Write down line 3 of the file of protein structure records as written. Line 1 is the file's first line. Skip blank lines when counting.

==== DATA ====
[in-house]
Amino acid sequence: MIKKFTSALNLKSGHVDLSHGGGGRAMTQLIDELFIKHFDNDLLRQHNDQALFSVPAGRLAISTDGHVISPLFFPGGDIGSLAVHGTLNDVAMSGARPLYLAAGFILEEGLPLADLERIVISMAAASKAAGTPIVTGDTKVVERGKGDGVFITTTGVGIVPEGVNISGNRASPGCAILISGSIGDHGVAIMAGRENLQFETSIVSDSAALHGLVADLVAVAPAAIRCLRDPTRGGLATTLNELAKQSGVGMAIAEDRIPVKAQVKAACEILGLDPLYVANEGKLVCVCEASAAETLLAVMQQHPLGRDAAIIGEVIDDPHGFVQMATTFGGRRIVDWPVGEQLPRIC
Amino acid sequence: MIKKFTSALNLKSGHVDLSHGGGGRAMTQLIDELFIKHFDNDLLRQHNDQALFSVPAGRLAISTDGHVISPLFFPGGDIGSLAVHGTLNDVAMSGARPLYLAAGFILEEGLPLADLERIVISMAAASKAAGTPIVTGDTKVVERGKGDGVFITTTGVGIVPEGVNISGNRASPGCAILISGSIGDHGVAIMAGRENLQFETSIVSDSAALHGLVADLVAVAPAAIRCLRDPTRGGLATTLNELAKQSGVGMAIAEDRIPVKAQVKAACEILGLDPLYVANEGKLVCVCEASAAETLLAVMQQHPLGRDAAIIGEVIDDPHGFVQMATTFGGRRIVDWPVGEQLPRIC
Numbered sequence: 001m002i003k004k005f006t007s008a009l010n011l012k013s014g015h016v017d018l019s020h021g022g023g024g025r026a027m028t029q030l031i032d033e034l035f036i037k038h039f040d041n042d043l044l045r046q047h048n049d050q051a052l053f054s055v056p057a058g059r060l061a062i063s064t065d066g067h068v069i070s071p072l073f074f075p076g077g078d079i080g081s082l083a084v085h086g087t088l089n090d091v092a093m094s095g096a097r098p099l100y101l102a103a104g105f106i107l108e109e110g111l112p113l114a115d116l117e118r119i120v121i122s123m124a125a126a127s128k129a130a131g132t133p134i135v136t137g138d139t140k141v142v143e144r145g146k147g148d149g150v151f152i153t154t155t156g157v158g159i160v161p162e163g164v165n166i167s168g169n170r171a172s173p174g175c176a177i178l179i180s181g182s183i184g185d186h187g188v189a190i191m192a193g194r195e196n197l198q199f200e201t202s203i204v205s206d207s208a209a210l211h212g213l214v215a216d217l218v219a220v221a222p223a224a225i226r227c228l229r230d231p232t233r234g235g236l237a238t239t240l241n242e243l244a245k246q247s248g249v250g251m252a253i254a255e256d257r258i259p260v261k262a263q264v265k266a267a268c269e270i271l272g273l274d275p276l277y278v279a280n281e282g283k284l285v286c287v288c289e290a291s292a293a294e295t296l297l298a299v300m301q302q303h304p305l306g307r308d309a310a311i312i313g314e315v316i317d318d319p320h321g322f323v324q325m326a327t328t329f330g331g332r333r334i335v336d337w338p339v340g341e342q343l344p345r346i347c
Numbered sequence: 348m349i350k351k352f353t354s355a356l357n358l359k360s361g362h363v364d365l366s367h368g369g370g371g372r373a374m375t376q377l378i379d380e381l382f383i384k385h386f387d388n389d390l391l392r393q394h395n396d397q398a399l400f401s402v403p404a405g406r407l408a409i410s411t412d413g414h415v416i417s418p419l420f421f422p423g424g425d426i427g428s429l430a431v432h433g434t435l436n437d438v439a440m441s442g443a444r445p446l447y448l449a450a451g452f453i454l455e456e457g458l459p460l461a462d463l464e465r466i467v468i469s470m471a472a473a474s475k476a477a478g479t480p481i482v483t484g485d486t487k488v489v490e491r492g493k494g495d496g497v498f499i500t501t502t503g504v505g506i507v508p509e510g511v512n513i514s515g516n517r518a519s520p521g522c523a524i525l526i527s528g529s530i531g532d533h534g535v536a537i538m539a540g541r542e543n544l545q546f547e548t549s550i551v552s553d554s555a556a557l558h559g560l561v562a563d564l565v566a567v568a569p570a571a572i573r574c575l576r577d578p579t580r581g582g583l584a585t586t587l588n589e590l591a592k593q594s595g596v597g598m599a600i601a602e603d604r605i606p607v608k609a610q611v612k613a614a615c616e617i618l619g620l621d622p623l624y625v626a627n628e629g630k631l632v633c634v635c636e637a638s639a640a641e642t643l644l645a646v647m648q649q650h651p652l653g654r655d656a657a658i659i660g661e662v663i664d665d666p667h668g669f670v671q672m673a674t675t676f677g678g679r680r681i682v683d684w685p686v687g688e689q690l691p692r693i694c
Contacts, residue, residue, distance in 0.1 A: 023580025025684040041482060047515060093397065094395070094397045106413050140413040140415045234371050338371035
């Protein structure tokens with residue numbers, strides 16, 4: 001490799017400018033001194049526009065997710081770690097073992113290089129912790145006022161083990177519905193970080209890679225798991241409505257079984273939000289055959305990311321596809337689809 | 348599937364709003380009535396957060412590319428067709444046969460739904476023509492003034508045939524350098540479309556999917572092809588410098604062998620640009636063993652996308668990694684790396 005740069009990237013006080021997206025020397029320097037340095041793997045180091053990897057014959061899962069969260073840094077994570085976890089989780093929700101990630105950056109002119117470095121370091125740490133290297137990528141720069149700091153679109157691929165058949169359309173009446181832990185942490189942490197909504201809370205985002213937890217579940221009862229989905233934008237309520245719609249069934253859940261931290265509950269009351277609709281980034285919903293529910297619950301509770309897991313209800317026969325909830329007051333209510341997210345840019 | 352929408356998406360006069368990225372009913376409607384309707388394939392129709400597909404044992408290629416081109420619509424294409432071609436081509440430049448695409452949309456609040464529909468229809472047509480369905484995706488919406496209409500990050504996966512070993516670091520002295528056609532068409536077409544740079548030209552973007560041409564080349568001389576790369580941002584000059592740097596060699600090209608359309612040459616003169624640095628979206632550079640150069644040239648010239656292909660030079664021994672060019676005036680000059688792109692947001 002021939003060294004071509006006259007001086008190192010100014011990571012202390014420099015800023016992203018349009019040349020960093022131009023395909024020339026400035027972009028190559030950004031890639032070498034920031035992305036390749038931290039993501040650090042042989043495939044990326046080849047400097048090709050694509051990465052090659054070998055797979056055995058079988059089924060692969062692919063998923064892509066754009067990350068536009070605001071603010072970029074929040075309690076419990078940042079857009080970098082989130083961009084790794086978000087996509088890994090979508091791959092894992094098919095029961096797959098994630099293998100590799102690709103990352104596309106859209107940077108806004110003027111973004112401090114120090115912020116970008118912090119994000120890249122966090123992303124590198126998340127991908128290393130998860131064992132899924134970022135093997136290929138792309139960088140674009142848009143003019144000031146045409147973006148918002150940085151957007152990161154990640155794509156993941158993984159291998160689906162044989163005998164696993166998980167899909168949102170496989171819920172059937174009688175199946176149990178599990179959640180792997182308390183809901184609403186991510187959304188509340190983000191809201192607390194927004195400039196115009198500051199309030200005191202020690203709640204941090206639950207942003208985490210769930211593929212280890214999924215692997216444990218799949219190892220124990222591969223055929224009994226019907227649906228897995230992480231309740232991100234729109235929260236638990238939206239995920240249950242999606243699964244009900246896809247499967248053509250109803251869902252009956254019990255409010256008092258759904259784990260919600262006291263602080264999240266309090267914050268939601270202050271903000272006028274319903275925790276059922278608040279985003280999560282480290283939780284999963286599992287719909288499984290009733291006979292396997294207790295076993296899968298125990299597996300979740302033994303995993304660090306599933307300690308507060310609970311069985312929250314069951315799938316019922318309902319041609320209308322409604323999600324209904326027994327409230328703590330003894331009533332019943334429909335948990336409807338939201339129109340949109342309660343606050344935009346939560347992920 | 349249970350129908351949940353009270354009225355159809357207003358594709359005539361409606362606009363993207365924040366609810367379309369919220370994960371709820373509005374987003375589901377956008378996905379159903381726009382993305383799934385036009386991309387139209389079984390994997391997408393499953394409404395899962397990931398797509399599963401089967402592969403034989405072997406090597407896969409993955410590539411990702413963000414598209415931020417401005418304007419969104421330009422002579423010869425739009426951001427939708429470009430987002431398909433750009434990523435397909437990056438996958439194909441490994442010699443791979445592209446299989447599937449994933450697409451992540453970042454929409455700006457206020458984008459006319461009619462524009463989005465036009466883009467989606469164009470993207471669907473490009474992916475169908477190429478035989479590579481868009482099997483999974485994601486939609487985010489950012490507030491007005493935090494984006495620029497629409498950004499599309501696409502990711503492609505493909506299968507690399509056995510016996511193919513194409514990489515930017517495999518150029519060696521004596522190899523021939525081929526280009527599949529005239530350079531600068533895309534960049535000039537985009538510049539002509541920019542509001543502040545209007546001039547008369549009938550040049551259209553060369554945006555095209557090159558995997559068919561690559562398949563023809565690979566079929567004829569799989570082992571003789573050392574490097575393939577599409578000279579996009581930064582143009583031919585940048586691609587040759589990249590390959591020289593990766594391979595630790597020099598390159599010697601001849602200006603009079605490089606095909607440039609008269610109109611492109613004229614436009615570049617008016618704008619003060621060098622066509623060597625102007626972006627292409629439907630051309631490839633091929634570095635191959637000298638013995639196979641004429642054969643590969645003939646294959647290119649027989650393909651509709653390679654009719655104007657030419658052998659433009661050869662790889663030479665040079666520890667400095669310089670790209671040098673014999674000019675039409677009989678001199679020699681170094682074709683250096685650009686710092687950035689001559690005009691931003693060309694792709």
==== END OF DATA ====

Amino acid sequence: MIKKFTSALNLKSGHVDLSHGGGGRAMTQLIDELFIKHFDNDLLRQHNDQALFSVPAGRLAISTDGHVISPLFFPGGDIGSLAVHGTLNDVAMSGARPLYLAAGFILEEGLPLADLERIVISMAAASKAAGTPIVTGDTKVVERGKGDGVFITTTGVGIVPEGVNISGNRASPGCAILISGSIGDHGVAIMAGRENLQFETSIVSDSAALHGLVADLVAVAPAAIRCLRDPTRGGLATTLNELAKQSGVGMAIAEDRIPVKAQVKAACEILGLDPLYVANEGKLVCVCEASAAETLLAVMQQHPLGRDAAIIGEVIDDPHGFVQMATTFGGRRIVDWPVGEQLPRIC